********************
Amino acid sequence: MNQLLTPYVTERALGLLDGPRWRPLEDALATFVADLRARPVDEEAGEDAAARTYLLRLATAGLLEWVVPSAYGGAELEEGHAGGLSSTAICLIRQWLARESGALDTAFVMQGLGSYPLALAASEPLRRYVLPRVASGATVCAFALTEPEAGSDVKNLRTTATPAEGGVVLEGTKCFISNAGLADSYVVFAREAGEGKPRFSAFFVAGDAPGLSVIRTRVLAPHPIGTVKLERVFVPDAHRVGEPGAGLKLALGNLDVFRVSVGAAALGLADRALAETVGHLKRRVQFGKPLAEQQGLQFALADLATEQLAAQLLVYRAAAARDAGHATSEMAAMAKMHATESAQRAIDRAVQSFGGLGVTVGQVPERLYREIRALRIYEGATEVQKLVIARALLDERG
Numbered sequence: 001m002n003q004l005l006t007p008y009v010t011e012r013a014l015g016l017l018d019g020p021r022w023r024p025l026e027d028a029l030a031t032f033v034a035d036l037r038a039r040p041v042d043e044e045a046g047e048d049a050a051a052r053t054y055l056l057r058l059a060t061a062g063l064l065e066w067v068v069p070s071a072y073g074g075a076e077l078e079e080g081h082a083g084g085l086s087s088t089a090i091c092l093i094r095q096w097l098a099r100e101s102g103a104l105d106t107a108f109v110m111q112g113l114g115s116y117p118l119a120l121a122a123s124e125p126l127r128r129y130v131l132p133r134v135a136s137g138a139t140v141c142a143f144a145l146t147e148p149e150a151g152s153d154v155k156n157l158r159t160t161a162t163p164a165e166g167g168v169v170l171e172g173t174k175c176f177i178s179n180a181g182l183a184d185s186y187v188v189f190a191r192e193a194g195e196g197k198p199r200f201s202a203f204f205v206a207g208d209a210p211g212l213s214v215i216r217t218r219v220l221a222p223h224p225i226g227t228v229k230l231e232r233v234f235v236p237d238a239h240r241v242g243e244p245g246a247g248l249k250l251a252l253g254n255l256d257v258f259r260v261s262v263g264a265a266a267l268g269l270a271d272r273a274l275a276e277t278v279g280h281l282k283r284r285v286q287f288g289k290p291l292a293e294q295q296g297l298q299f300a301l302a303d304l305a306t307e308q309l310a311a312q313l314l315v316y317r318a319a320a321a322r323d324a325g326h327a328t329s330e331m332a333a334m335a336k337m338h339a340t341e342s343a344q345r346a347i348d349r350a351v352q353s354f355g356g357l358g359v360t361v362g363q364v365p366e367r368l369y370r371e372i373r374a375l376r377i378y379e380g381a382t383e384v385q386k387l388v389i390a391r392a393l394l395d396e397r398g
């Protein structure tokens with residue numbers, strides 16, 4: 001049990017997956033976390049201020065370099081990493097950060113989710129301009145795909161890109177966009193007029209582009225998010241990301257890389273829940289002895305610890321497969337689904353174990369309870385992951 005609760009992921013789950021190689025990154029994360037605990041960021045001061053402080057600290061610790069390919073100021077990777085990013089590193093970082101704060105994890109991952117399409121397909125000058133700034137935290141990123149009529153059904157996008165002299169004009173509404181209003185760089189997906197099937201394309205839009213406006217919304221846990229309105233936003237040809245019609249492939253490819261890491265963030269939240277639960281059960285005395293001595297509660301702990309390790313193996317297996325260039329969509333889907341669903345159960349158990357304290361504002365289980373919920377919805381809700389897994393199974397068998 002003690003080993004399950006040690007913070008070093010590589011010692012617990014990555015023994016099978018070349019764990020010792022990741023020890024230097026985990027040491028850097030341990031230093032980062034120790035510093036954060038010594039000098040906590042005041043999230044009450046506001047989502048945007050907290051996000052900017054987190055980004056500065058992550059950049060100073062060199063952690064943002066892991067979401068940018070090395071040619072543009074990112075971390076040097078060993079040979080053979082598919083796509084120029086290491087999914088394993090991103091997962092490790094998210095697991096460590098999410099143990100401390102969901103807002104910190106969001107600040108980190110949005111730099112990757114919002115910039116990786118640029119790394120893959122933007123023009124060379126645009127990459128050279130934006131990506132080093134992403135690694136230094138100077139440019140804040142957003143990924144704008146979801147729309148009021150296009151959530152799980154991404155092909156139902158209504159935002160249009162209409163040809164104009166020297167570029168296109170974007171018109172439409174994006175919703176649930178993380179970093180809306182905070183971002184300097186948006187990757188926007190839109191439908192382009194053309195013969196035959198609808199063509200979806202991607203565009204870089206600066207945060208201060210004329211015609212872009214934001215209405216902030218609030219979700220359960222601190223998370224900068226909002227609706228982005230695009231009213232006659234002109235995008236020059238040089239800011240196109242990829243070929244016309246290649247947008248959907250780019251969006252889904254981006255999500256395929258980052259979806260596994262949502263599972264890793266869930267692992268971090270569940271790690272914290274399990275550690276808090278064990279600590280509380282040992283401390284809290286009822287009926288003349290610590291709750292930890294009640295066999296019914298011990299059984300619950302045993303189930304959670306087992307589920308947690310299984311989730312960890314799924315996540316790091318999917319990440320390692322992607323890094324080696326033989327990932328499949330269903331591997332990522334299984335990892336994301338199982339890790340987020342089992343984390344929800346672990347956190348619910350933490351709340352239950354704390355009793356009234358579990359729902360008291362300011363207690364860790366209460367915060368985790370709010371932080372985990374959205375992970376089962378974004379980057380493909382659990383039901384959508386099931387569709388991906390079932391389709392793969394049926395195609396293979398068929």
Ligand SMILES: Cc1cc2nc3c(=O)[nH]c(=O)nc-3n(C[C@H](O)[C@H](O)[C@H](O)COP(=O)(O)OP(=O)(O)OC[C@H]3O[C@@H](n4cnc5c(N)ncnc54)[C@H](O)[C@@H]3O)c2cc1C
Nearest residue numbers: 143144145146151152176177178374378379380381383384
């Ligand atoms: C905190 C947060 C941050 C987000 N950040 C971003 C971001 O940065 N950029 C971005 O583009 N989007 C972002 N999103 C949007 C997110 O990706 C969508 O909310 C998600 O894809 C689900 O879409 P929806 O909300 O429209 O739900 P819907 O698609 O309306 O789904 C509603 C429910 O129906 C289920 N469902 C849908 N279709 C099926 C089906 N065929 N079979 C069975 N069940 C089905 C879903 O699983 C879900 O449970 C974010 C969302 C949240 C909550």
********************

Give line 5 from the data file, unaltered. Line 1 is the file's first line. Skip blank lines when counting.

Nearest residue numbers: 143144145146151152176177178374378379380381383384